Borax is NOT boric acid! It’s sodium tetraborate or sodium borate. They’re not the same things. Please review your research.

Sep 12, 2016
8:46 AM

I just purchased Borax to use for laundry. How should it be disposed of if it shouldn’t be used?

Sep 17, 2016
4:27 PM

Finish what you have, store it safely, and then try the borax-free cleaning recipes. Lindsay, Queen of Green

Sep 06, 2016
2:42 PM

My elderly neighbour, a lady, was going bald. The medical specialist asked her if she had used borax.

Sep 06, 2016
12:26 PM

I have a very old box of Borax in my cleaning cupboard, which I haven’t used for years. How do you suggest I get rid of it?

Sep 03, 2016
1:19 PM

To Mark - I’ve been using baking soda as my deodorant for 45 years. rmv - calcium may not be the limiting factor in bone formation/retention. Magnesium and resistance training are also important. Lotsa info on the internet, get a professional assessment if you have concerns.

Sep 03, 2016
1:12 PM

Wtf? I read the 2006 US EPA report. It’s a whole lotta bureaucratic mumble saying nothing. I read the EU document. It says boron is an essential (micro)nutrient. It says that Chinese, Turkish, and Hungarian tests on workers with occupational (high) exposures showed no effects. Tests on US workers : “There was a highly significant excess of offspring fathered by the male employees at the mine and production facility (529 observed births compared with 466.6 expected).” Wow. It is necessary, it increases fertility? I read the 2013 Health Canada document. Huh what? It says boron is a nutrient for frogs n fish, but not determined for humans. [Channeling Ferris Beuller’s history teacher] In what WAY does a human differ from a frog or fish? Correct answer: In regards to nutritional requirements for minerals — In no way! This document looks like it was written by a high school summer student! It’s another bureaucratic marvel saying diddly. Am I missing something here? Please enlighten me. I am capable of learning.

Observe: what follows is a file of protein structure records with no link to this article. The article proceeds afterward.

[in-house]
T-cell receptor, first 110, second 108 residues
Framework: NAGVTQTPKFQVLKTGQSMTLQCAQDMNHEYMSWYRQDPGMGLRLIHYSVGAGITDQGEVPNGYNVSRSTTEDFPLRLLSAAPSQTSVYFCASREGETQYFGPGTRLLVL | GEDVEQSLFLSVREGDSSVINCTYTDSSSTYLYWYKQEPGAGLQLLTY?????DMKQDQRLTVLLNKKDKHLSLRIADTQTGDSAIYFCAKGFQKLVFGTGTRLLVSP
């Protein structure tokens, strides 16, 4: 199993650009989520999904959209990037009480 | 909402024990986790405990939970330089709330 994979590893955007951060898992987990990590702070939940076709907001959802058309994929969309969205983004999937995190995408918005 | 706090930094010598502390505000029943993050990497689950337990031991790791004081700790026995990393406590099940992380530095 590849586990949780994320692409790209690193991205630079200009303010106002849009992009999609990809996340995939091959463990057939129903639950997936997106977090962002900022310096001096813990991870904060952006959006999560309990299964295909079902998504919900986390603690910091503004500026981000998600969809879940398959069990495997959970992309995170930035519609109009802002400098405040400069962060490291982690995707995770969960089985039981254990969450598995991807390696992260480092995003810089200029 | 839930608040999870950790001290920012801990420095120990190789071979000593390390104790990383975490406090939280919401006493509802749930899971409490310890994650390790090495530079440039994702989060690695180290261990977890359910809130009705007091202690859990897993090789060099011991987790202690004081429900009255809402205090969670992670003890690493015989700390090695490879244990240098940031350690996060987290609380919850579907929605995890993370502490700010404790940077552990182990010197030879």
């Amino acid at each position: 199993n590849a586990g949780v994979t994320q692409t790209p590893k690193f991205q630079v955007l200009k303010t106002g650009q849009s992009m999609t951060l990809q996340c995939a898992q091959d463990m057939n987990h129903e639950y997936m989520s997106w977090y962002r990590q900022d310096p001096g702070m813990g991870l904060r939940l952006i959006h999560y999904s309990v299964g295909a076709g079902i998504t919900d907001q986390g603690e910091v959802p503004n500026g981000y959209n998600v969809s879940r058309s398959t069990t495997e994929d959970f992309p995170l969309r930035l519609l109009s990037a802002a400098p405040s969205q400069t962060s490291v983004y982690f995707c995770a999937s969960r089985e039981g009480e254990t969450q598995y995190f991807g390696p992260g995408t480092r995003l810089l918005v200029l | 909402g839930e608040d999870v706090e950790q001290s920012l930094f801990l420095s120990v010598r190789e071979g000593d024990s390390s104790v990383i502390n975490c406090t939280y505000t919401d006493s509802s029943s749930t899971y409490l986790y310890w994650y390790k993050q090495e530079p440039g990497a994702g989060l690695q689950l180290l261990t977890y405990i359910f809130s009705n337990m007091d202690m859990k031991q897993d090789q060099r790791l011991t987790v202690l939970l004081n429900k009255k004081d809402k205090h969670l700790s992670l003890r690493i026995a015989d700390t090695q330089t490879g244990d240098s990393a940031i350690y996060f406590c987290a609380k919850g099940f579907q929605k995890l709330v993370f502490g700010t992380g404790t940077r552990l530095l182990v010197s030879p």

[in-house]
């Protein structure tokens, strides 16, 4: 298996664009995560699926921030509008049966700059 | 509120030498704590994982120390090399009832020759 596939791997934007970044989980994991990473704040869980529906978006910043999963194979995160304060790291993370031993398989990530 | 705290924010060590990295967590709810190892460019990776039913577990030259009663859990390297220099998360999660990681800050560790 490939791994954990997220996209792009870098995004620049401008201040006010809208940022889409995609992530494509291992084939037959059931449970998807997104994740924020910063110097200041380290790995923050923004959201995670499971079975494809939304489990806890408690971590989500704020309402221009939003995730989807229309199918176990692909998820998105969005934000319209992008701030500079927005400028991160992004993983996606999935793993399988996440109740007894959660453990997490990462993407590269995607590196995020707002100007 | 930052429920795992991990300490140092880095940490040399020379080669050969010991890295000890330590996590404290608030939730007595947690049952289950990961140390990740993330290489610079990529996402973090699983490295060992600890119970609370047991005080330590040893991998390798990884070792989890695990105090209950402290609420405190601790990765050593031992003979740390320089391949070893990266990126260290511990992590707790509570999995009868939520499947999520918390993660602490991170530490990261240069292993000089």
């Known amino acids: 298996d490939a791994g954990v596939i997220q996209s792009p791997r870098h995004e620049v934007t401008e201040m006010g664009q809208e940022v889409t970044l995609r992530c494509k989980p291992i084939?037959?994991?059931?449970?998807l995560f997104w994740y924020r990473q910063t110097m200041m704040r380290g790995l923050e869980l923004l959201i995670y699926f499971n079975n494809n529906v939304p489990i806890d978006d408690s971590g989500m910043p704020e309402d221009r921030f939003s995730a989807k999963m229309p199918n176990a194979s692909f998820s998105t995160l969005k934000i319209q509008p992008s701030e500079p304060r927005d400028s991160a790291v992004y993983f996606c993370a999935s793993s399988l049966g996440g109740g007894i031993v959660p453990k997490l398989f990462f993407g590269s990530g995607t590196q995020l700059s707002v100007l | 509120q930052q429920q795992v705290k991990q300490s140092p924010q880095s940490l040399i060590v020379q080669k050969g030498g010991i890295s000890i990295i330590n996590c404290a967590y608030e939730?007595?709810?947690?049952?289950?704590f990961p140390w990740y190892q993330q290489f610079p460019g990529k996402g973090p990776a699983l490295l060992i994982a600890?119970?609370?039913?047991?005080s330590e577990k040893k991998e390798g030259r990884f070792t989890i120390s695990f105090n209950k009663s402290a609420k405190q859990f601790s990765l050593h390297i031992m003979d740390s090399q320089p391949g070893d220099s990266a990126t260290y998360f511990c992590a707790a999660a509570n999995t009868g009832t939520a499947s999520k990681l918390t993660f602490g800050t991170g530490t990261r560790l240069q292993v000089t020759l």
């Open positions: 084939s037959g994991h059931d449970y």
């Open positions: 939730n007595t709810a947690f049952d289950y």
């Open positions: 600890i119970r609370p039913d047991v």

Aug 07, 2016
10:29 AM

This comment and question is for EVERYONE . Drinking tap water contains fluoride in most North American cities. Fluoride is made from the aluminium and fertilizer industries. Calcium is contained in fluoride.
What is your opinion on using Borax to neutrilize or clean out fluoride from drinking tap water?? What has your experience been like ? if using Borax in drinking water DECALSIFIES the drinking water … does that mean it could weaken the bones ?
Should a person avoid eating foods that are rich in calcium on a daily basis ?? Multi-vitamins contains calcium and aluminium… should those be avoided or taken in moderation? Is there such a product as ‘aluminium-free’ deodorant? is there a home made version of this? ?
Thank you )))

Aug 05, 2016
11:01 AM

Hi I think it is great to create 1-page reference of eco-friendly cleaners, but for those of us with ‘hard water’ castile soap is a big no-no. It turns into a gross film/slime over time on countertops, sinks, tubs, etc. because of the minerals in hard water. Please consider making recipes for cleaners for those of us outside of Vancouver or places with soft water could use. — Hard water is common in North American cities, and trying to use the recipes above would only turn off people of ‘natural cleaners.’ — I have tried most of them and they do not do a good job in hard water.